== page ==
We met with Ludivine and Tom through our Addictlab publication ‘The nano Issue’. Their work stood out because of its emphasis on detail, interaction, combination and evolution and we were fond of their analytic research method. Together they create the most stunning designs out of the combination of vector drawings and programming code. In the fall of 2009, we invited Ludivine and Tom in the labs of imec. Based on what they learned here and from their own research into the world of nano- and bioelectronics, Ludivine developed the individual components.‘I did not need to understand everything to be able to visualize this unseen world graphically. I could create visual components that represent principal concepts in nanotechnology. I could also use color and composition as functions expressing the dynamics in the system. By making the components reminiscent of real-life organisms, I could define the system artistically and physically.'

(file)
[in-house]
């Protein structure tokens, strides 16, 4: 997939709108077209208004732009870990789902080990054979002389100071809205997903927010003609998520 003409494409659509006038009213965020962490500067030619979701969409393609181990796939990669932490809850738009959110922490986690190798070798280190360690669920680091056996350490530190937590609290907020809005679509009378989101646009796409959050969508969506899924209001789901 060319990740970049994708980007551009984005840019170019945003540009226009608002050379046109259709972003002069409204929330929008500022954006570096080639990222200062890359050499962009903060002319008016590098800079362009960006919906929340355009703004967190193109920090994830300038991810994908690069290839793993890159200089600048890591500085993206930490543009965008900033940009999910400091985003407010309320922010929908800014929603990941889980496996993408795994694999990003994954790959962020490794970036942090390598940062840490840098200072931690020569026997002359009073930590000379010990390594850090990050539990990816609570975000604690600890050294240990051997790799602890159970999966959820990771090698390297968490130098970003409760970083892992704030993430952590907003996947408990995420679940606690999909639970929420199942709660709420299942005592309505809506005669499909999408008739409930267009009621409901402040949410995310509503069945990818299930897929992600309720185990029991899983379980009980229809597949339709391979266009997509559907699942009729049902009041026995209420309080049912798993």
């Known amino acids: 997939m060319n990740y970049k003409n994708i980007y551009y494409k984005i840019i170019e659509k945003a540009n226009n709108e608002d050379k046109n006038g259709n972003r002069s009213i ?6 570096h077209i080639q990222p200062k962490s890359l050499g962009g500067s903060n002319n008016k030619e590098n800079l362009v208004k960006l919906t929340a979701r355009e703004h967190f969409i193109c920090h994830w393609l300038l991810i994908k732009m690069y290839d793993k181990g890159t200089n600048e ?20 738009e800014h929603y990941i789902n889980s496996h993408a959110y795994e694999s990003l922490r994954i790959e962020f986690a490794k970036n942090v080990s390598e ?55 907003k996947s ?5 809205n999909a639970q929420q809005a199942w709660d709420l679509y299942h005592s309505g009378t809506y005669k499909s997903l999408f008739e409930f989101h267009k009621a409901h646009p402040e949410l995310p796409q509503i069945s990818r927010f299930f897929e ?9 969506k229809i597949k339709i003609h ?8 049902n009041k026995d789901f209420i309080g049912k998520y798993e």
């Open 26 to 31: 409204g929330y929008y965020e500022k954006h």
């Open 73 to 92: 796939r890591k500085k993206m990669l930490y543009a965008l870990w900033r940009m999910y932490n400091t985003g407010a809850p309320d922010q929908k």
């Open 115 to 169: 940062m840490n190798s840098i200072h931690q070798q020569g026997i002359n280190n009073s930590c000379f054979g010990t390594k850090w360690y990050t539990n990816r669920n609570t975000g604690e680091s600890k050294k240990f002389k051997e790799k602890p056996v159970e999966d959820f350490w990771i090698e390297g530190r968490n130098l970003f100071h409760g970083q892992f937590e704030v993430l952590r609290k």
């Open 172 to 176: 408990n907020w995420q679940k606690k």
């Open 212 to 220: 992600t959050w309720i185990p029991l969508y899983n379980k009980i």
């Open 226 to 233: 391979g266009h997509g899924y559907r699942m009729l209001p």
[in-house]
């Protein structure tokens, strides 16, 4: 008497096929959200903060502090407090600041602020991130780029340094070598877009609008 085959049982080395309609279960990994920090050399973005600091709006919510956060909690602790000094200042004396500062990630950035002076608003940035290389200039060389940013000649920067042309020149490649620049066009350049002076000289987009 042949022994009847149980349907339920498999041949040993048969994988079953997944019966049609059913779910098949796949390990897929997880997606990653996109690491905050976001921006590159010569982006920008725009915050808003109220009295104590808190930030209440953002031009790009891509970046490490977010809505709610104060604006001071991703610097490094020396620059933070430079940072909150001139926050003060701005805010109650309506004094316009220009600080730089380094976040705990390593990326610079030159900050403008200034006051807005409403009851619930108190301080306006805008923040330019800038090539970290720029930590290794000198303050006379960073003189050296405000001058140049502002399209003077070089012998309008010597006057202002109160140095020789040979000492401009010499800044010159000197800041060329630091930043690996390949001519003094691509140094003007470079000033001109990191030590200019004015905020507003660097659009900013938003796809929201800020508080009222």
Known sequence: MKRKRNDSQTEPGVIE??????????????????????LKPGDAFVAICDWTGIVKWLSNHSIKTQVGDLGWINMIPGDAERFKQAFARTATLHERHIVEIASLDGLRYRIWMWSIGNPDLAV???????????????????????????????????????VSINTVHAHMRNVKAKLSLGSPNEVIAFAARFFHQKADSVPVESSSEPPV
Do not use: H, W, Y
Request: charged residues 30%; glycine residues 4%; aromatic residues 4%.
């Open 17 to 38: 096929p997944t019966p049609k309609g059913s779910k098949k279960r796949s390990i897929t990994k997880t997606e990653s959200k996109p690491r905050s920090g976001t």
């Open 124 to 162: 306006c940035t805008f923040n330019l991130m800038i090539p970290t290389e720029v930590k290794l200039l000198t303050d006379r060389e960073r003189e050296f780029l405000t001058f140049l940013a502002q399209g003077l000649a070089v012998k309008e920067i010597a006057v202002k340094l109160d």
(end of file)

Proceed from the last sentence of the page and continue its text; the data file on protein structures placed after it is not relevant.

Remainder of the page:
These individual elements are then combined in bottom-up experimentation with algorithmic compositions. The components in the library are inspired by the following concepts:
- Chemistry & physics: atoms and molecules. Fullerenes are introduced in the composition as invisible grids (or signals) in the background.
- Biology: cells and single-celled organisms
- Bio-electronics: chips, biochips, MEMStechnology (micro-electromechanical systems),nano-robotics and tissue self-assembly
A role (or behavior) is then assigned to the individual elements according to their location in the composition. The composition is based on an invisible grid circuit. The entire artwork acts as an imaginary biochip, powered by solarenergy emitted from the window in the room. The window is the origin point of a fluid wave of components that ripples throughout the imec hallway along the walls.